This remains a touchy issue today. Being a man, I was always an outsider to the Mommy Wars. My choice to stay at home with my kids never implicated anything beyond myself and my family. Sure, the have been fitfully eruptions of activists advocating for stay-at-home dads, but these well-meaning idealists do a poor job even of connecting their own like-minded souls, much less having any larger cultural impact. I never once encounters anyone who viewed my decision to stay home as having any political significance at all. And, more importantly, I had the freedom to make that choice for myself either way without anyone thinking the less of me.
Had I stayed at work, no one would have accused me of being a bad father. For that matter, I could have actually been a bad father, a real-life Mr. Banks, and no one would have called me on it. But women are trapped either way. No matter what they choose or why, there will be others who will condemn them for it.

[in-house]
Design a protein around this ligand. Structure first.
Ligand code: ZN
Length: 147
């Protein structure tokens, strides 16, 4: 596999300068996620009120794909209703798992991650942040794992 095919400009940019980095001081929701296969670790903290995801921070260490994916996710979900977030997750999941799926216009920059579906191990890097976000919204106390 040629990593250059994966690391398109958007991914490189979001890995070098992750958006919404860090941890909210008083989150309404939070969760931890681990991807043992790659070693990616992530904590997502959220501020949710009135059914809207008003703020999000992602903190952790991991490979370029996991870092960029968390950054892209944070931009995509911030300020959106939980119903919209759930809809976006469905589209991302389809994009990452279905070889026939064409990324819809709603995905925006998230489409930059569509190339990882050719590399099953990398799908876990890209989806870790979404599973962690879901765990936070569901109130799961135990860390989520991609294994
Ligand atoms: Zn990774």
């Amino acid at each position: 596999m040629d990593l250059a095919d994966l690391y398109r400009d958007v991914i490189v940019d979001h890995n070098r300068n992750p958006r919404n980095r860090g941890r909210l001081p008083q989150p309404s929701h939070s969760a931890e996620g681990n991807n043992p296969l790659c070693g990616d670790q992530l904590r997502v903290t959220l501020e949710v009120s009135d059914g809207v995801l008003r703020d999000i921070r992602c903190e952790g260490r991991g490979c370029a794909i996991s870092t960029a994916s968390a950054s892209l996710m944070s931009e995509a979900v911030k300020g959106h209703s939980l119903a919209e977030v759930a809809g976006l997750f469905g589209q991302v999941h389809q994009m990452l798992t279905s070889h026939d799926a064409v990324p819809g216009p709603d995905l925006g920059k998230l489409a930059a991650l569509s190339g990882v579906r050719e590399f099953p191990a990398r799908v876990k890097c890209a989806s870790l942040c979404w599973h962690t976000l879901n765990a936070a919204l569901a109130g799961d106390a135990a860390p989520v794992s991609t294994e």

Calling anyone a bad mother is risky business, and to equate being a feminist activist seeking to expand women’s opportunities outside the home with being a “bad mother” is an especially regressive stance for what is otherwise a featherweight family comedy.
So I rankle a bit at this casual implication that Mrs. Banks is shirking her motherly responsibility because she’s misdirecting her energies into championing women’s rights, or that her suffragette struggle is to be ridiculed.
It’s a minor thing because the thrust of the film is about reforming Mr. Banks, and I’m not going to praise his pre-Poppins personality. He needed fixing. I just kinda wish that the delightfully ridiculous Glynis Johns could have been ridiculous in a different way.